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Not receiving child support from your ex? Here’s what you can do

On Behalf of | Mar 11, 2020 | Child Custody |

Whether you are married, separated, divorced or were never married to your partner, your child or children are legally entitled to the financial support of both of their parents. Child support refers to the ongoing payments a parent provides – typically the non-custodial parent – to the other custodial parent or guardian responsible for the care and well-being of their child.

In an ideal world, a Child Support Order will dictate how much your ex pays in child support, the payment schedule and the duration. The judge will order an income assignment, which demands the paying parent’s employer take wages out of their paycheck to send to the Department of Revenue (DOR), who then send those wages to you for your child’s needs.

But, life can get complicated. There are countless reasons why a parent may fall behind on their payments or willfully disobey. If your ex has failed to comply with the terms of your order, you have the right to pursue legal action and advocate for your child. In Massachusetts, there are two different avenues you can take to enforce child support:

1. Contact the DOR Child Support Enforcement Division (DOR/CSE)

The DOR/CSE is a division of government that can assist you with a number of child support services – including collecting child support payments and enforcing child support orders on your behalf. The DOR/CSE does not usually have to go to court to enforce the terms of your order, but you may have to wait some time before the division can get to your case. While it’s possible to handle contacting the DOR/CSE on your own, it can be challenging to understand how the law applies to your specific situation. In that case, it may be beneficial to seek legal guidance.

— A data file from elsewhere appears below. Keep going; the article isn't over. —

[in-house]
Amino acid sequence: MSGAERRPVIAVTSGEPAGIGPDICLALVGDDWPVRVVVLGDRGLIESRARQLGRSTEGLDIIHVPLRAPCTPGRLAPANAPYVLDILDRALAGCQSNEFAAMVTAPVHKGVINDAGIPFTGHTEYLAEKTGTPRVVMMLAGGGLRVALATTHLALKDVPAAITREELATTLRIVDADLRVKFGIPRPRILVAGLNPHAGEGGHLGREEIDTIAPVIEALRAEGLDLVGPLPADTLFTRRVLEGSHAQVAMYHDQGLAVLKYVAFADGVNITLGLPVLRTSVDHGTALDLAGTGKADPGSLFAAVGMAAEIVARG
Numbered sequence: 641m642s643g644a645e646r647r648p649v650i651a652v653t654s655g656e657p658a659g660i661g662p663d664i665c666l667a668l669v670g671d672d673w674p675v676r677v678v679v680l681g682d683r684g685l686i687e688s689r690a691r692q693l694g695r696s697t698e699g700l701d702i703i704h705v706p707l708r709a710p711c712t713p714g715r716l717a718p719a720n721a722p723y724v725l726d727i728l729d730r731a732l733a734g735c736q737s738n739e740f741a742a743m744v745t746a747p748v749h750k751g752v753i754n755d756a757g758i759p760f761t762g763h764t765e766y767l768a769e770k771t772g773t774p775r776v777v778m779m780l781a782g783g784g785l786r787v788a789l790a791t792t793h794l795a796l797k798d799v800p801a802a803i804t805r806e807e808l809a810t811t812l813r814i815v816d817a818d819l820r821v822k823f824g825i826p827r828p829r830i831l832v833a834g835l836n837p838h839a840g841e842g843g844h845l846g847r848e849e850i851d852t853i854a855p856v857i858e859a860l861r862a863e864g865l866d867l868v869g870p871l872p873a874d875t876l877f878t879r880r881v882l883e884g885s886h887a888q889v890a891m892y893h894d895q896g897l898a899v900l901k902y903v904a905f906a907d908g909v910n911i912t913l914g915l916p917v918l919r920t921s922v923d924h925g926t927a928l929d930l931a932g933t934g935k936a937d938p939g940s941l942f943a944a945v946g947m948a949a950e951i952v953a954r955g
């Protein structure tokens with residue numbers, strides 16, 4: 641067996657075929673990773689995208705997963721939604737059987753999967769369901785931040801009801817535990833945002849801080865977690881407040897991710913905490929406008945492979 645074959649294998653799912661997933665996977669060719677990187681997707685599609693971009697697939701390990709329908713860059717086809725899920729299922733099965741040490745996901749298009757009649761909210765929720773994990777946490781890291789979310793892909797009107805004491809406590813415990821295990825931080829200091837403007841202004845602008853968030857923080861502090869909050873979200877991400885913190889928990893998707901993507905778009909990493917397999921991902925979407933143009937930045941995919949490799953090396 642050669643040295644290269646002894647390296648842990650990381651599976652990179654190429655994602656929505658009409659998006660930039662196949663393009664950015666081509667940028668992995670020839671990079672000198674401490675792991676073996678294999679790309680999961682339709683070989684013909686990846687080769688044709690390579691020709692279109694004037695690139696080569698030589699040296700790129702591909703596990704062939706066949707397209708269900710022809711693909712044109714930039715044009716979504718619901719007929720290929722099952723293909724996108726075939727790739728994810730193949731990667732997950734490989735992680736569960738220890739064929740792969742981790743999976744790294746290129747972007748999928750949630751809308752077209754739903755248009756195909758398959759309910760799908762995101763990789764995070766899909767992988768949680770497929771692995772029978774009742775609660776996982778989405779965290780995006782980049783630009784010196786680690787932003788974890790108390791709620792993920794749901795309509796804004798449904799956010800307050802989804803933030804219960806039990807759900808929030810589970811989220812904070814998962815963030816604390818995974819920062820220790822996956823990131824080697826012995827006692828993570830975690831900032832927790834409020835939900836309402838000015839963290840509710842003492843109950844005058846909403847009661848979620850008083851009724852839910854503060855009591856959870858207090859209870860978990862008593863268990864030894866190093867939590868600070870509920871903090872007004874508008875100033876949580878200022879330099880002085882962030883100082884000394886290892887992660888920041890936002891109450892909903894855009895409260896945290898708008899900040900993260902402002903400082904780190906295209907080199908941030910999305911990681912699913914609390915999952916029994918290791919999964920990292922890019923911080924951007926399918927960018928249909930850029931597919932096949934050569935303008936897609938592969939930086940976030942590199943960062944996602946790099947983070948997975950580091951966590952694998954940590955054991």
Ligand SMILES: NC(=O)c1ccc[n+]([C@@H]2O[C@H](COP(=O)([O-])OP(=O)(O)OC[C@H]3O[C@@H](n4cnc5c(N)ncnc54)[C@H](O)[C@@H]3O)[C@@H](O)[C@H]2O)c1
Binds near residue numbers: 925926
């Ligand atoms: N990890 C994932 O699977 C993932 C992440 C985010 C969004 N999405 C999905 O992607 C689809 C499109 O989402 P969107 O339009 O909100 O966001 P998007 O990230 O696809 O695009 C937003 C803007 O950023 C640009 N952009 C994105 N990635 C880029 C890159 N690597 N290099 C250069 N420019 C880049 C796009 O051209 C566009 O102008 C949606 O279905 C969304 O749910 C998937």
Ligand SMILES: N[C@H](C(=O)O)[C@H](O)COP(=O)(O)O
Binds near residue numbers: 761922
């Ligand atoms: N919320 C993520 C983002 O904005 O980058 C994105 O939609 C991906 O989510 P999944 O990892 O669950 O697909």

If your ex isn’t complying with their income assignment, there are several actions the
DOR/CSE can take to enforce your child support order, such as:

  • Increasing the amount withheld from their paycheck
  • Charging interest on past-due payments
  • Seizing their property
  • Collecting their tax refund
  • Levying their bank account
  • Suspending their driver’s license
  • Taking them to court

2. File a Complaint of Contempt

If your ex is able to pay child support but isn’t obeying the order, they are considered ‟in contempt”. You can file a complaint of contempt directly with the court. In a complaint of contempt hearing, a judge will decide whether the paying parent was able to obey their child support order. If found in contempt, they will be ordered to do at least one of the following:

  • Serve a jail sentence
  • Continue making payments and pay what is past-due
  • Look for a job or participate in a job training program
  • Serve community service
  • Pay for your attorney and court fees

While the idea of seeking help for the enforcement of your child support order can seem complicated or even intimidating, it’s important to remember what is in the best interests of your child and their quality of life. Speaking with a representative of the DOR/CSE is one solution, but not the only solution.